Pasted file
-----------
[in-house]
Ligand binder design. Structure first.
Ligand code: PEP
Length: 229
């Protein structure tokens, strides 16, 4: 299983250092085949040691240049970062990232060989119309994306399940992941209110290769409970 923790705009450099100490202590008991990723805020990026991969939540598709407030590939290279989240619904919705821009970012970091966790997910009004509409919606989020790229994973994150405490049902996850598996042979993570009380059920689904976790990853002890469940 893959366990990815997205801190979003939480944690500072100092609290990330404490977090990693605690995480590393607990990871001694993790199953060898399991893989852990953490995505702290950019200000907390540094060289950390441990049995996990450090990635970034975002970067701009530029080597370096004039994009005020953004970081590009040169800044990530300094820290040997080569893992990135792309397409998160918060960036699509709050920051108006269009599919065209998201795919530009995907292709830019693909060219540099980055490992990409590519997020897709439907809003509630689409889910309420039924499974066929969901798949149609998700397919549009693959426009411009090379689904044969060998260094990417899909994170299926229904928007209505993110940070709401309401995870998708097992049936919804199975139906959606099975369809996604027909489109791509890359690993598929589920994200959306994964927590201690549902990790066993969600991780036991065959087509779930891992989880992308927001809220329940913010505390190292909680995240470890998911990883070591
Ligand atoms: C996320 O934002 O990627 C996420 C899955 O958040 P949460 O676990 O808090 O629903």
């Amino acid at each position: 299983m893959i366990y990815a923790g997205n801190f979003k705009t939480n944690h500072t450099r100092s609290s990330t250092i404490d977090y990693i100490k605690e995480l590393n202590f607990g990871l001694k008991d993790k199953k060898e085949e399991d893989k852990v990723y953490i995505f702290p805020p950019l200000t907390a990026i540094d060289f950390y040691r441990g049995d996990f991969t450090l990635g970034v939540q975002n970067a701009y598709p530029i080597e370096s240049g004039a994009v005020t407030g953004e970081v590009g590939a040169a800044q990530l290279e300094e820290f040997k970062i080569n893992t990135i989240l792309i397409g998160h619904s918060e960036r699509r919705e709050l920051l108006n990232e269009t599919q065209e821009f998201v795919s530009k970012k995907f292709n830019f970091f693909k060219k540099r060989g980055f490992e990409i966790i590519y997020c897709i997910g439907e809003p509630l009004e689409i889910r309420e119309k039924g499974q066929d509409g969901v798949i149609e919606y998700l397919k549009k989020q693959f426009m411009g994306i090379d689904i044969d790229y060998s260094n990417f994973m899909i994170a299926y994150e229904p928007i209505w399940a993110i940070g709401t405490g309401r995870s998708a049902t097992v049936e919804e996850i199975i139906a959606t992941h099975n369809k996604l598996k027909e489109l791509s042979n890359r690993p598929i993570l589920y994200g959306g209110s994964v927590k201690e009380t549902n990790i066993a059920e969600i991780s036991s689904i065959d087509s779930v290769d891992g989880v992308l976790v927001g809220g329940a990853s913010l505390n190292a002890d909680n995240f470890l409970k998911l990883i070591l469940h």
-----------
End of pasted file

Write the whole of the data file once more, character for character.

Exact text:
[in-house]
Ligand binder design. Structure first.
Ligand code: PEP
Length: 229
């Protein structure tokens, strides 16, 4: 299983250092085949040691240049970062990232060989119309994306399940992941209110290769409970 923790705009450099100490202590008991990723805020990026991969939540598709407030590939290279989240619904919705821009970012970091966790997910009004509409919606989020790229994973994150405490049902996850598996042979993570009380059920689904976790990853002890469940 893959366990990815997205801190979003939480944690500072100092609290990330404490977090990693605690995480590393607990990871001694993790199953060898399991893989852990953490995505702290950019200000907390540094060289950390441990049995996990450090990635970034975002970067701009530029080597370096004039994009005020953004970081590009040169800044990530300094820290040997080569893992990135792309397409998160918060960036699509709050920051108006269009599919065209998201795919530009995907292709830019693909060219540099980055490992990409590519997020897709439907809003509630689409889910309420039924499974066929969901798949149609998700397919549009693959426009411009090379689904044969060998260094990417899909994170299926229904928007209505993110940070709401309401995870998708097992049936919804199975139906959606099975369809996604027909489109791509890359690993598929589920994200959306994964927590201690549902990790066993969600991780036991065959087509779930891992989880992308927001809220329940913010505390190292909680995240470890998911990883070591
Ligand atoms: C996320 O934002 O990627 C996420 C899955 O958040 P949460 O676990 O808090 O629903």
């Amino acid at each position: 299983m893959i366990y990815a923790g997205n801190f979003k705009t939480n944690h500072t450099r100092s609290s990330t250092i404490d977090y990693i100490k605690e995480l590393n202590f607990g990871l001694k008991d993790k199953k060898e085949e399991d893989k852990v990723y953490i995505f702290p805020p950019l200000t907390a990026i540094d060289f950390y040691r441990g049995d996990f991969t450090l990635g970034v939540q975002n970067a701009y598709p530029i080597e370096s240049g004039a994009v005020t407030g953004e970081v590009g590939a040169a800044q990530l290279e300094e820290f040997k970062i080569n893992t990135i989240l792309i397409g998160h619904s918060e960036r699509r919705e709050l920051l108006n990232e269009t599919q065209e821009f998201v795919s530009k970012k995907f292709n830019f970091f693909k060219k540099r060989g980055f490992e990409i966790i590519y997020c897709i997910g439907e809003p509630l009004e689409i889910r309420e119309k039924g499974q066929d509409g969901v798949i149609e919606y998700l397919k549009k989020q693959f426009m411009g994306i090379d689904i044969d790229y060998s260094n990417f994973m899909i994170a299926y994150e229904p928007i209505w399940a993110i940070g709401t405490g309401r995870s998708a049902t097992v049936e919804e996850i199975i139906a959606t992941h099975n369809k996604l598996k027909e489109l791509s042979n890359r690993p598929i993570l589920y994200g959306g209110s994964v927590k201690e009380t549902n990790i066993a059920e969600i991780s036991s689904i065959d087509s779930v290769d891992g989880v992308l976790v927001g809220g329940a990853s913010l505390n190292a002890d909680n995240f470890l409970k998911l990883i070591l469940h």